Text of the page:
It’s odd, because I know there was life before Harry Potter, but when I try to remember what it was like *without* knowing all the spells and characters inside out I just… can’t.
I didn’t even like the first book. I picked it up in the primary school book corner a while before it got really popular, because it was one of the few books there which I hadn’t already read. I didn’t get past chapter two. It took until my third attempt, when there really wasn’t anything else left that I hadn’t read, for me to get through the first few chapters and start to fall in love with the book. The start of The Philosopher’s Stone is *boring* – I still stand by this statement having now read the book countless times – but the last two thirds of it shine and pretty much make you forget about how bad it was at the start.
I have read all of the books at least twice, with the exception of The Deathly Hallows which I have only read once (but I’m sure that will change). The earlier books, my reading total is probably closer to six or seven times each, my favourite title being The Prisoner Of Azkaban by a mile – Sirius is one of my favourite characters in the series and I just love the way he is introduced through this book.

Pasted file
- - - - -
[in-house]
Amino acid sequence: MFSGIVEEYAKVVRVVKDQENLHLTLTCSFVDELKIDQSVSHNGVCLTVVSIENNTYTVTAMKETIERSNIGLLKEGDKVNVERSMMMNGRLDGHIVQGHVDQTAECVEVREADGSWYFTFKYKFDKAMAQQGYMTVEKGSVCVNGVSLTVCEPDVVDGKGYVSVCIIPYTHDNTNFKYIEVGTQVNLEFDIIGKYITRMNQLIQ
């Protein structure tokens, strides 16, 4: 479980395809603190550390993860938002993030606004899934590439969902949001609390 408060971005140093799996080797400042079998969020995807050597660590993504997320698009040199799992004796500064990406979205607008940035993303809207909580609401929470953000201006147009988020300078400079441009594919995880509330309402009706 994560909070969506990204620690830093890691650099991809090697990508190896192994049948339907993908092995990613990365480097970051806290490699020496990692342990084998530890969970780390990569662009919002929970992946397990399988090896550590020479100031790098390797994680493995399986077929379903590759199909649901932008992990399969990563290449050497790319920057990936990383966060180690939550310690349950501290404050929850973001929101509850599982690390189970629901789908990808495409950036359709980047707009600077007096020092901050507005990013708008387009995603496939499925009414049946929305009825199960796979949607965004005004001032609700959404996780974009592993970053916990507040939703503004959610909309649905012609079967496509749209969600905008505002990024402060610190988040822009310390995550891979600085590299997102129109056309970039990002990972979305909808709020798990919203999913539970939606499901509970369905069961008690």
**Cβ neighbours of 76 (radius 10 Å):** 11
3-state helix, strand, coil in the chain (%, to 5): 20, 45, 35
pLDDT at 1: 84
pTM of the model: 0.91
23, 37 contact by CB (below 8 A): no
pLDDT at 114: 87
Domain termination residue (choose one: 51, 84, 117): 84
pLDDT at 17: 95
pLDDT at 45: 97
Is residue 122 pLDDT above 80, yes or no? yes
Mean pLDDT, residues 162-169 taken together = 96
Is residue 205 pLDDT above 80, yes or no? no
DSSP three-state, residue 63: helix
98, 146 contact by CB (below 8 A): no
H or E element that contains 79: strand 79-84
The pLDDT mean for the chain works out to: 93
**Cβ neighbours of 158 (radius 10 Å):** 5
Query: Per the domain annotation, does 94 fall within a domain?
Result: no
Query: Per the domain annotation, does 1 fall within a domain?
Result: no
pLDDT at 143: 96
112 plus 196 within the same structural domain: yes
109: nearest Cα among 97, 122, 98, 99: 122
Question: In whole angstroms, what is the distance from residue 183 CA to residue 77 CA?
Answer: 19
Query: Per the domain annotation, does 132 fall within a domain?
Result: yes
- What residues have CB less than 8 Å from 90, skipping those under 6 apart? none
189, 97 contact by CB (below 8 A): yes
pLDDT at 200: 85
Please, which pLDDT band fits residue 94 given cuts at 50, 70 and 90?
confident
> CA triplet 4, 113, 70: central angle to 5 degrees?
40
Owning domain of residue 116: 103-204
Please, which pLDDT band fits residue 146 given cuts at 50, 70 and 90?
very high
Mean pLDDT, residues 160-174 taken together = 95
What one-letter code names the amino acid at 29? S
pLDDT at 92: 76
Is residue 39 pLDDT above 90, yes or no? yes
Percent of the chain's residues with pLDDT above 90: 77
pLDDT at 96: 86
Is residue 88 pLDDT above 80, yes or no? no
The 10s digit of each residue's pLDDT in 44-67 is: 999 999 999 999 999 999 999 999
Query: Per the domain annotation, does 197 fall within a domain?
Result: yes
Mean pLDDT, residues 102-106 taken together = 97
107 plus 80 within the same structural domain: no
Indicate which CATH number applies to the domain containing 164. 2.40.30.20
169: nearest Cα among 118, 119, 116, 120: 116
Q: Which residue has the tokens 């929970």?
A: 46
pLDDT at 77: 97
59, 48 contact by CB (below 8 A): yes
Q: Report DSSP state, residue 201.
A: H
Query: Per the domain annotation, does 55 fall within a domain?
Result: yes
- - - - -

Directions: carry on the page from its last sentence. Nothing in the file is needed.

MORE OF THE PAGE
Possibly one of the best things about the books comes in The Deathly Hallows in a scene where Rowling manages to write one of the greatest love stories of all in just a few words:
Dumbledore watched her fly away, and as her silvery glow faded he turned back to Snape, and his eyes were full of tears.
“After all this time?”
“Always,” said Snape.”
I have a necklace consisting of a doe pendant and a tag saying ‘Always’ which Caius bought me and I wear it A LOT. It is interesting how people either tell me it’s pretty but need it explaining or they immediately recognise it for what it is and squeak at me about how romantic that scene is. My favourite moment was when an American teenager spotted it when we were stood next to the one of the monkey enclosures in Edinburgh Zoo and squealed so loudly about how much she loved it that she both frightened a monkey and her mother (who looked mortified).